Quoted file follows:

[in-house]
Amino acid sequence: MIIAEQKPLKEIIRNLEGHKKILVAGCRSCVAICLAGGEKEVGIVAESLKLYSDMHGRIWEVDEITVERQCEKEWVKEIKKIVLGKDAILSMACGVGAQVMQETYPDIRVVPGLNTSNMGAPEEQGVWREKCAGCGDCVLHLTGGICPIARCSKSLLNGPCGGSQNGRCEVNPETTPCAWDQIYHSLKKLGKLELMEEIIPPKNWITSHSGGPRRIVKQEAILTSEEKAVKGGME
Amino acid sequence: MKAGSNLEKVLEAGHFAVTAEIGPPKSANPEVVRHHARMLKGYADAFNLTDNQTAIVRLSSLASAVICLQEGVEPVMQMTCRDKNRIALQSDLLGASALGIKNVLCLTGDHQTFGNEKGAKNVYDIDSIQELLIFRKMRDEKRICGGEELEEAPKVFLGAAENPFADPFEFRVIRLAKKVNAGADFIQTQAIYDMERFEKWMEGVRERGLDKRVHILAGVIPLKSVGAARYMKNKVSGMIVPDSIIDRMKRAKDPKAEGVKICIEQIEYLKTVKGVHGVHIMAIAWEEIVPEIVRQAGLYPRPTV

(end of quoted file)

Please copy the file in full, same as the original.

[in-house]
Amino acid sequence: MIIAEQKPLKEIIRNLEGHKKILVAGCRSCVAICLAGGEKEVGIVAESLKLYSDMHGRIWEVDEITVERQCEKEWVKEIKKIVLGKDAILSMACGVGAQVMQETYPDIRVVPGLNTSNMGAPEEQGVWREKCAGCGDCVLHLTGGICPIARCSKSLLNGPCGGSQNGRCEVNPETTPCAWDQIYHSLKKLGKLELMEEIIPPKNWITSHSGGPRRIVKQEAILTSEEKAVKGGME
Amino acid sequence: MKAGSNLEKVLEAGHFAVTAEIGPPKSANPEVVRHHARMLKGYADAFNLTDNQTAIVRLSSLASAVICLQEGVEPVMQMTCRDKNRIALQSDLLGASALGIKNVLCLTGDHQTFGNEKGAKNVYDIDSIQELLIFRKMRDEKRICGGEELEEAPKVFLGAAENPFADPFEFRVIRLAKKVNAGADFIQTQAIYDMERFEKWMEGVRERGLDKRVHILAGVIPLKSVGAARYMKNKVSGMIVPDSIIDRMKRAKDPKAEGVKICIEQIEYLKTVKGVHGVHIMAIAWEEIVPEIVRQAGLYPRPTV